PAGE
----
While the tragedy of Sandy Hook Elementary is far away in Connecticut, the fear of danger is never far away. Helping young students and children come to terms with the aftermath of a mass shooting can be difficult.
“The most important thing would be to let the child talk and not lead them or tell them how to feel,” Joe Dickhaus, a mental health professional living in Winchester, said. “Let them process what they need to process.”
Dickhaus also said children will process the tragedy through their own point of views and not the same way as an adult might.
Making sure the child understands whatever feelings they might have are natural is important as well.
“You don’t want to tell them how to feel,” he said. “Any time after a trauma or tragic event, you can feel any range of feelings from anger to sadness to even guilt. You want to tell them that how they feel is OK, and you want to encourage them to express that emotion in appropriate ways.”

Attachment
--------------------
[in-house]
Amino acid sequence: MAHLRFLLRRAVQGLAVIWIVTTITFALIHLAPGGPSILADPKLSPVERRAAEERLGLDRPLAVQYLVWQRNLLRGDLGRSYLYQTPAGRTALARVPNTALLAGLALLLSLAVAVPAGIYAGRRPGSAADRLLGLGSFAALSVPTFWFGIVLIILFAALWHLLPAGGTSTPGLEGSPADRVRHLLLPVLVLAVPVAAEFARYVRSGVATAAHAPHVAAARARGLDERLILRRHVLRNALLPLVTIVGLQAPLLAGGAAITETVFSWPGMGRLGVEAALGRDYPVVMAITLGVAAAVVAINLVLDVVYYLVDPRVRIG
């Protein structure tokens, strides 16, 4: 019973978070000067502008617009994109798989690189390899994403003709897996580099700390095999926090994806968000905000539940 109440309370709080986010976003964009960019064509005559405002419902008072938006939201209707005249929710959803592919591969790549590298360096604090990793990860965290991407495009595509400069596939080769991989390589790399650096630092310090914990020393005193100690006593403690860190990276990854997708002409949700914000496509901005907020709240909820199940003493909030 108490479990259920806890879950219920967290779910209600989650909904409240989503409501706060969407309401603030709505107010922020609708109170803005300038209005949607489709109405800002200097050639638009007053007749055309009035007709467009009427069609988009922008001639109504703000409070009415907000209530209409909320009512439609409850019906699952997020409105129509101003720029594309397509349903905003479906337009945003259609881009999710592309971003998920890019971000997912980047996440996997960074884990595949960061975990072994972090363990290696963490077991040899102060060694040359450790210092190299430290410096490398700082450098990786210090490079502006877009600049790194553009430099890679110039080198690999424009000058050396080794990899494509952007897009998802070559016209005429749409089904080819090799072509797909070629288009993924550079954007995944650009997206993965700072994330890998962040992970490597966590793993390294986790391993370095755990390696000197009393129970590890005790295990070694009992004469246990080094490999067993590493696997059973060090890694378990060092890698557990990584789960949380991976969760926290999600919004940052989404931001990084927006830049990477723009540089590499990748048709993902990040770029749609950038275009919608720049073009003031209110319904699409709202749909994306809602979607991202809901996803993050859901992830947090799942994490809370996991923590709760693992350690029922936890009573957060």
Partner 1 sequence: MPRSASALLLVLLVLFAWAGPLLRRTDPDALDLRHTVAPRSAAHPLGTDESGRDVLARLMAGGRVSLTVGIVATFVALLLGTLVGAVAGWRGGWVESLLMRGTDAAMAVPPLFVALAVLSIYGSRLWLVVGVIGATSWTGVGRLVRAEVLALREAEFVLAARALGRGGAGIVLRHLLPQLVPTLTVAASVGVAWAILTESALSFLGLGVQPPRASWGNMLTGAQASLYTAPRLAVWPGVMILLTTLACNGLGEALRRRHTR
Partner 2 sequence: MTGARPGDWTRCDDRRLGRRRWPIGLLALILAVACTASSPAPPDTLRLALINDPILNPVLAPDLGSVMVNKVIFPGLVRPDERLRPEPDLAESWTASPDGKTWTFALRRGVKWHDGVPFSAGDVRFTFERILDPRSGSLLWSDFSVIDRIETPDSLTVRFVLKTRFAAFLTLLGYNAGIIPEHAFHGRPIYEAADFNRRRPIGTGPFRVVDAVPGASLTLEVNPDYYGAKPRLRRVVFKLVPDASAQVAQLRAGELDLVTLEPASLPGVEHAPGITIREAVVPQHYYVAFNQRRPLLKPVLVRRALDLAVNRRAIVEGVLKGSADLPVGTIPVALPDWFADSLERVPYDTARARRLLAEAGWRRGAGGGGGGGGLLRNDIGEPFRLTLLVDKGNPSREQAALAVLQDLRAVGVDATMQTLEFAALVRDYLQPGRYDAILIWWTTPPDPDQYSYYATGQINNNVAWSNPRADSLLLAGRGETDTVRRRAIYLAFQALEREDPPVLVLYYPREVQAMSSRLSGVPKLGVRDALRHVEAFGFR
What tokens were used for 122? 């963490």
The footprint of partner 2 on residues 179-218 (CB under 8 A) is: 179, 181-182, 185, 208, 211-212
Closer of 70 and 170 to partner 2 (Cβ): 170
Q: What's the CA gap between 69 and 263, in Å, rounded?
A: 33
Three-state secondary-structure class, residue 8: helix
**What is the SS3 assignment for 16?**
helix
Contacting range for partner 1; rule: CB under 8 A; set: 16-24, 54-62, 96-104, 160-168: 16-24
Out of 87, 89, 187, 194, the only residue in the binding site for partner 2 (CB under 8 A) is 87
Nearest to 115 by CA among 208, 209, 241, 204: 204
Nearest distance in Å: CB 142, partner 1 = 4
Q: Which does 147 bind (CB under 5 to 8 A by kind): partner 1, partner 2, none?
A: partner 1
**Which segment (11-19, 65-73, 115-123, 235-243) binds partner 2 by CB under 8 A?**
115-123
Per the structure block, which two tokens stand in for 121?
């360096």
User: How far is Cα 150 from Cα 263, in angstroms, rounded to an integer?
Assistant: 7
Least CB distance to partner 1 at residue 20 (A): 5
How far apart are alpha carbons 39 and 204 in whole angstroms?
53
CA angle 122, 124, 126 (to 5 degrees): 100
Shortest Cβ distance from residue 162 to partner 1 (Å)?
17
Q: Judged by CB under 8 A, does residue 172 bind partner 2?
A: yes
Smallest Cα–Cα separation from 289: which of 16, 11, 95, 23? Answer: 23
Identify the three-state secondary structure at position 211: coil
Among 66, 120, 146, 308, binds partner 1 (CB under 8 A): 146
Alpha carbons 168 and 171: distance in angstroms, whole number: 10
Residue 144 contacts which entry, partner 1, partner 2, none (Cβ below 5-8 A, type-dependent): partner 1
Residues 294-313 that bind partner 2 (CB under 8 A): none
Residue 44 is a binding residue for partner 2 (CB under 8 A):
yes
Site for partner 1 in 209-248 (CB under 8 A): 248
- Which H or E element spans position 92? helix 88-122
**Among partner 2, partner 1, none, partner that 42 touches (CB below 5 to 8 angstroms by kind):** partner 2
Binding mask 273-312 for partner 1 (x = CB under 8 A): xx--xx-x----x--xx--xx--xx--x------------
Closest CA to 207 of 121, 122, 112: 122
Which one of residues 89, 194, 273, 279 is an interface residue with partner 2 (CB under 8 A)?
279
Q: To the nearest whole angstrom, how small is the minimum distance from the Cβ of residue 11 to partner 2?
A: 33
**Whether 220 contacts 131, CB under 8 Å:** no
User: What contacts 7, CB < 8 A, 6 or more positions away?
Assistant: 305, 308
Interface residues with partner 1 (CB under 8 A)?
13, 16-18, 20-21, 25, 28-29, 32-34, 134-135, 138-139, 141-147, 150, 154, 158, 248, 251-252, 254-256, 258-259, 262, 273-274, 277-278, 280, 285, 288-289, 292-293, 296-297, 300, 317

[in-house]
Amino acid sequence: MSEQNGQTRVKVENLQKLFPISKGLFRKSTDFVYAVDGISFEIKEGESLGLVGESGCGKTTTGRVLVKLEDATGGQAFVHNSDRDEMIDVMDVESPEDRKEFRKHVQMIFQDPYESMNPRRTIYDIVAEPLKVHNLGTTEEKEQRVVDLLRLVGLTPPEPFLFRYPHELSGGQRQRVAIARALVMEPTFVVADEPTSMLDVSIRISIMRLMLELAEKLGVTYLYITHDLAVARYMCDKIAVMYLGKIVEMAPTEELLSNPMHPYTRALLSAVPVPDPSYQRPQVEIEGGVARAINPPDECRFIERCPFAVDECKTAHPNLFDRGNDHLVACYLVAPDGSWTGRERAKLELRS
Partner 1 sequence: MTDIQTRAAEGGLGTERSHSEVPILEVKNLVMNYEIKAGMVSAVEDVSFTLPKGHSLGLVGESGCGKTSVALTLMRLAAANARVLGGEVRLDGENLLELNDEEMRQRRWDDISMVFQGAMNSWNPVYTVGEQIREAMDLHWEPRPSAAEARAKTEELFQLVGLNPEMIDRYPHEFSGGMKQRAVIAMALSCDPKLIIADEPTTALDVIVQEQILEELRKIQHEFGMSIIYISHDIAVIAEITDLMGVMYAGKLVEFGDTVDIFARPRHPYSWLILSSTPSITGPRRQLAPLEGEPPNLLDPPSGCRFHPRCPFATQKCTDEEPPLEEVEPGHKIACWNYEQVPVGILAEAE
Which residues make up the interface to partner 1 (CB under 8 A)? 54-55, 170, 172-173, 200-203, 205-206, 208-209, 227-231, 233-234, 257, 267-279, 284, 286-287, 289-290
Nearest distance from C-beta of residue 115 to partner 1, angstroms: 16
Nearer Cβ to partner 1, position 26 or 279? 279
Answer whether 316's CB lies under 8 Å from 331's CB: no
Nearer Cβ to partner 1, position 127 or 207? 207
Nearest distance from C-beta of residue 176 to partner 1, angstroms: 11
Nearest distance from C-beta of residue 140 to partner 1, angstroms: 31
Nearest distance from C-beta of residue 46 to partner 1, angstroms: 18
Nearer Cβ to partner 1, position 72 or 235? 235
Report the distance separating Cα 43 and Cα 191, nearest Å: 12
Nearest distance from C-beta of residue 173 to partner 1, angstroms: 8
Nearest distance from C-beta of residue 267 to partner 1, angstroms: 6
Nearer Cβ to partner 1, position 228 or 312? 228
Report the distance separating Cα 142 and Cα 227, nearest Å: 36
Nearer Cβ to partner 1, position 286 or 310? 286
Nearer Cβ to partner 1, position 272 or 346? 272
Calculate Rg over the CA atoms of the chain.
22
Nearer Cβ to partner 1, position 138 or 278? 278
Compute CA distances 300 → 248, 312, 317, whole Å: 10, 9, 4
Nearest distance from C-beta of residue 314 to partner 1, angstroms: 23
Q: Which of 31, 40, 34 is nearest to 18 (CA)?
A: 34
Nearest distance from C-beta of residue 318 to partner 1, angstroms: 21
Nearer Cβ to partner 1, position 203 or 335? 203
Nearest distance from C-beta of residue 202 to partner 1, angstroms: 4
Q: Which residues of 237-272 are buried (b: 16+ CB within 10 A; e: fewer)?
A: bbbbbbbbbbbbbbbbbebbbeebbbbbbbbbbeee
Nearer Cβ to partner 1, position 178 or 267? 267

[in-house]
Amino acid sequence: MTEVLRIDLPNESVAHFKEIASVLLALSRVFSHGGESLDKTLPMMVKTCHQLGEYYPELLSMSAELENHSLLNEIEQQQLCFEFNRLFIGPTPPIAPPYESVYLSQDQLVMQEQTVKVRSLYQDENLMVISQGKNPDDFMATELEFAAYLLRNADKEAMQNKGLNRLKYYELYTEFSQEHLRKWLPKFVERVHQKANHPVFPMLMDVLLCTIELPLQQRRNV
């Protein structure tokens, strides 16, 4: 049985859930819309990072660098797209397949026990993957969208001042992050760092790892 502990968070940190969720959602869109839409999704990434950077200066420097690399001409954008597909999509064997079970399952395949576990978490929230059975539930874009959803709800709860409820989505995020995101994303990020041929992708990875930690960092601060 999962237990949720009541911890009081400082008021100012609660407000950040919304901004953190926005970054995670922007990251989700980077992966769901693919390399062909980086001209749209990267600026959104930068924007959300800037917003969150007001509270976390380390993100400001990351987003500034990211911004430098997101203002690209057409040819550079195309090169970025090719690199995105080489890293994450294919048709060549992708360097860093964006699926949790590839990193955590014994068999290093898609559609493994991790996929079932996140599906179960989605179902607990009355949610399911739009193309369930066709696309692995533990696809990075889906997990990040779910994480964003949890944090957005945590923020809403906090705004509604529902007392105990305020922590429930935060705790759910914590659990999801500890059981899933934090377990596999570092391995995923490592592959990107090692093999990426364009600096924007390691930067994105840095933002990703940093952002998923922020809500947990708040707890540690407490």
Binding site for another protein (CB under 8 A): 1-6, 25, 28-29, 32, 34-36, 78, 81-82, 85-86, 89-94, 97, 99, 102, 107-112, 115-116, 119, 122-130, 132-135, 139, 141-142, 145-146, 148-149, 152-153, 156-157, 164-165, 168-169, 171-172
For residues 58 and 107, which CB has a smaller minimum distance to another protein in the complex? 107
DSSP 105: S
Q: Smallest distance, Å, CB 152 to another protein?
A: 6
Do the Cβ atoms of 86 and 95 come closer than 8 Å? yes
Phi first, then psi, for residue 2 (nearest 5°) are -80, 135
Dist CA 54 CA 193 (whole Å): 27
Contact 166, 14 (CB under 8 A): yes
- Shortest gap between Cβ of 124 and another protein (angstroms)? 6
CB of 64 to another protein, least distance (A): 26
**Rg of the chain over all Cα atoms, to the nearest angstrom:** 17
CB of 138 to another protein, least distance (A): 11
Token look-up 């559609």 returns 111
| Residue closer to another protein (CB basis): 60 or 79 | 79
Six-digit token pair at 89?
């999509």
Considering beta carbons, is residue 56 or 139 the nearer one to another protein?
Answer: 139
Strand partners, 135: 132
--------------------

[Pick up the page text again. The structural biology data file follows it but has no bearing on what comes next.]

Parents will also want to make their children feel safe. That can be hard when the child heads off to school Monday morning. That’s a concern Clark County Public Schools Superintendent Dr. Elaine Farris shares.
“It’s a very emotional time for me as a superintendent,” Farris said. “Anytime a school is invaded you have concerns about the safety of your own students. What else do we need to keep our students safe?”
Farris said she plans to meet with Paul Christy, Clark County Public Schools administrative director, about what other safety measures can be taken to help secure local schools. Farris also said they will likely send security updates to the district’s principals.
“We’ll alert them to go back over their safety plans and make sure the students and teachers know what to do in a situation like that,” she said. “We’ll have some conversations with our principals and send letters out to our parents about our safety measures.”
Farris also said she will speak to principals Monday about offering mental health counseling to students should it be necessary.
But her biggest concern is the continued safety of the county’s schools.
“I want to make sure our parents understand our schools are very safe, and we will be reviewing our safety measures on Monday,” she said. “If we need to make any changes, we will.”